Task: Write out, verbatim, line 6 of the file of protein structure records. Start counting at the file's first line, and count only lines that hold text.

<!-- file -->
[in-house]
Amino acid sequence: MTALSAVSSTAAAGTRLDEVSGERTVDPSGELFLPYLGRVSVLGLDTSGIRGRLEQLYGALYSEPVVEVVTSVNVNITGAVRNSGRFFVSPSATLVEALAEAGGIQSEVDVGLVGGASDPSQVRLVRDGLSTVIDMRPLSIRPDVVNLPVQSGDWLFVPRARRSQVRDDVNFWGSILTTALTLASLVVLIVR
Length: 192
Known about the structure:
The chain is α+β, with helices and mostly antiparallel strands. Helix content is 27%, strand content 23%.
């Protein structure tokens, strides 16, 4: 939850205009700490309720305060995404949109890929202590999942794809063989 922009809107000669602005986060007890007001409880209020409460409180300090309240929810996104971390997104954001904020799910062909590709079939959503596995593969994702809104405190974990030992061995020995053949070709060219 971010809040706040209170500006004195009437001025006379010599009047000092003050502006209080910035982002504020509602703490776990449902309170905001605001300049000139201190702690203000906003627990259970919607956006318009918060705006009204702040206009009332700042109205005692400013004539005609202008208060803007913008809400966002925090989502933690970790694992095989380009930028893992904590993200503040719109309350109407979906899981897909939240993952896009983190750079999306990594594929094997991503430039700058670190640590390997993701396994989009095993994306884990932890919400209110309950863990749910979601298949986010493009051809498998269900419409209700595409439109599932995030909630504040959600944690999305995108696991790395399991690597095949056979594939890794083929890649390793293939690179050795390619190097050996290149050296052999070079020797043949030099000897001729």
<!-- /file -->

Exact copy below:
């Protein structure tokens, strides 16, 4: 939850205009700490309720305060995404949109890929202590999942794809063989 922009809107000669602005986060007890007001409880209020409460409180300090309240929810996104971390997104954001904020799910062909590709079939959503596995593969994702809104405190974990030992061995020995053949070709060219 971010809040706040209170500006004195009437001025006379010599009047000092003050502006209080910035982002504020509602703490776990449902309170905001605001300049000139201190702690203000906003627990259970919607956006318009918060705006009204702040206009009332700042109205005692400013004539005609202008208060803007913008809400966002925090989502933690970790694992095989380009930028893992904590993200503040719109309350109407979906899981897909939240993952896009983190750079999306990594594929094997991503430039700058670190640590390997993701396994989009095993994306884990932890919400209110309950863990749910979601298949986010493009051809498998269900419409209700595409439109599932995030909630504040959600944690999305995108696991790395399991690597095949056979594939890794083929890649390793293939690179050795390619190097050996290149050296052999070079020797043949030099000897001729």